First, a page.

Twitter Exposes the Phone Numbers of 17 Million Accounts

How State-sponsored Actors May Have Exploited Twitter’s Public Endpoint

In our continued push to help companies with APIs realize that 95% of API vulnerabilities are due to human error and not “hacks,” this week, we dive into an issue that Twitter found last December, but is only now reporting. The Twitter API vulnerability is particularly interesting because it didn’t involve a breach. It was a coordinated effort on a public endpoint that had a flawed design and shared too much information.

Let’s get into the details. When you create a new Twitter account, there is an option to connect with people you may know. This leverages an endpoint that matches phone numbers in your contacts to Twitter accounts for those people who have enabled the “Let people who have your phone number find you on Twitter” option. According to Android Community, that totals about 17 million accounts.

On the surface, we understand the reasoning for Twitter’s endpoint, but we can also see the privacy pitfalls of being able to find someone’s Twitter handle by just a phone number. Many people use Twitter as a personal outlet and don’t want that side of their lives linked to their professional lives. This “dual persona” issue points to people’s dual private and professional lives that are both connected to their mobile phones. Mobile phone numbers are used for authentication with countless platforms today. They have become a singular source of accountability.

While using a mobile phone number may not be the best way to maintain privacy, it means a bad actor would still need to know your phone number to attempt a targeted cyberattack. Well, Twitter’s endpoint did not help by allowing anyone to use their phone number endpoint as often as they wished.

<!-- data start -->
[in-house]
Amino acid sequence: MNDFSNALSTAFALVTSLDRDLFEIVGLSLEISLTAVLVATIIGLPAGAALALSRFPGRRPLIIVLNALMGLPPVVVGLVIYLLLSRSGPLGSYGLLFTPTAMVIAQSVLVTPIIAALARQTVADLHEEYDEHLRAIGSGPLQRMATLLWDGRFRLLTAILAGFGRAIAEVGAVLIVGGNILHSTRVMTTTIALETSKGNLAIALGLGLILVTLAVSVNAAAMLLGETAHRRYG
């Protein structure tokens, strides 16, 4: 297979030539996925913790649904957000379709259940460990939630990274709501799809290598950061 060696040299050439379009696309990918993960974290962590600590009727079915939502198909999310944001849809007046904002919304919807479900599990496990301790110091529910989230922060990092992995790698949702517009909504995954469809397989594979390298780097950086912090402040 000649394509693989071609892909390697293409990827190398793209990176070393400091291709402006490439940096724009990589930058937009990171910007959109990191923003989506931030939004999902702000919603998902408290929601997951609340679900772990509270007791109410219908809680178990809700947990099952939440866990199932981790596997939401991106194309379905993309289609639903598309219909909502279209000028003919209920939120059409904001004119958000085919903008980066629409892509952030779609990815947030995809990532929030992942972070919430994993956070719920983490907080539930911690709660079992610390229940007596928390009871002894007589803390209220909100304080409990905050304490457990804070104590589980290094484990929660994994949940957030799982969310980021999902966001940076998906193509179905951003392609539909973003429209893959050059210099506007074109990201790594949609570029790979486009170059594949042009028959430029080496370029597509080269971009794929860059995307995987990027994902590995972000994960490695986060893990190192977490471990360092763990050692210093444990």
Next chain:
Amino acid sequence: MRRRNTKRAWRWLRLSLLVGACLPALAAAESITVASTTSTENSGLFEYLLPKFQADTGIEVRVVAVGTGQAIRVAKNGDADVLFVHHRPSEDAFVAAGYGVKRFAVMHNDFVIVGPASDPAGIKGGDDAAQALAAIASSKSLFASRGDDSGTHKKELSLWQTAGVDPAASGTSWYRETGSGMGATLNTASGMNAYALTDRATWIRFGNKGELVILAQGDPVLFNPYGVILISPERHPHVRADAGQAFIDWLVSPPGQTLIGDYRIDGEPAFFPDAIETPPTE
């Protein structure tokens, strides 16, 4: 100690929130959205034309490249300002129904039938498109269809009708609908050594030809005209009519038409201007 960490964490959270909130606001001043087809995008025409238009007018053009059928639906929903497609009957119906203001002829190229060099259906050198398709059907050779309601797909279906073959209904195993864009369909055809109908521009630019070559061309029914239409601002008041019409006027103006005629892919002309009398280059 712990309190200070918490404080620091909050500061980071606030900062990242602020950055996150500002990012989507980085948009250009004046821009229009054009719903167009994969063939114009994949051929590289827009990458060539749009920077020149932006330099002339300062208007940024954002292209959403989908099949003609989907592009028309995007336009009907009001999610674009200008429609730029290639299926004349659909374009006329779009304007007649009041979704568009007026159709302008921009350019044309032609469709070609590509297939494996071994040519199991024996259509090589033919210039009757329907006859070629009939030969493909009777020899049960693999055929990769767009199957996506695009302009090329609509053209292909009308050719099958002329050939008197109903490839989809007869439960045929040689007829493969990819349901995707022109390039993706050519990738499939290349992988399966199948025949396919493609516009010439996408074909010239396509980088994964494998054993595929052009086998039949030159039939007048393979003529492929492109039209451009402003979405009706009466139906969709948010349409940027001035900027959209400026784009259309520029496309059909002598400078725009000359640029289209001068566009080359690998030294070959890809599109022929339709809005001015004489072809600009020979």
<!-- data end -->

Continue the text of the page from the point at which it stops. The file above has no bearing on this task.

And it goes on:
In Twitter’s public response to the exploit, they state:

While we identified accounts located in a wide range of countries engaging in these behaviors, we observed a particularly high volume of requests coming from individual IP addresses located within Iran, Israel, and Malaysia. It is possible that some of these IP addresses may have ties to state-sponsored actors.

So a “wide range” (yikes) of countries ran attacks where they made countless calls checking to see if there was a Twitter handle for 917-555-6590, then 917-555-6591, then 917-555-6592, and so on. This brute-force approach made it possible for potential “state-sponsored actors” to identify Twitter users personally. That’s it. This wasn’t espionage – it was using an API with a flawed design as expected.

While building an API off a flawed design is a rough start, there are still a few types of tests that could have helped reveal the foundational issues.

Preventive Measures for Twitter

  • Load Testing – APIs should have intelligent, but strict, throttling rules. Test against those rules.
  • SecOps Review – Security is especially important today for large, influential platforms such as Twitter. While you can’t reasonably have a security review of every new feature, or product change, we do think it’s reasonable for at least a cursory privacy and security review of a new public endpoint.

Some people may disagree with our second point, but Twitter seemed to agree in their remediation, “After our investigation, we immediately made a number of changes to the endpoint so that it could no longer return specific account names in response to queries.”

Yes – you can connect people without returning their account names.

A product innovation didn’t need to be stopped at Twitter. The popular social media platform simply needed to rethink the API’s response. In the maxim, “Everything should always be tested,” it really means that testing must go beyond uptime and performance. Twitter could have tested how their API should function in real-world scenarios, and that includes bad actors.

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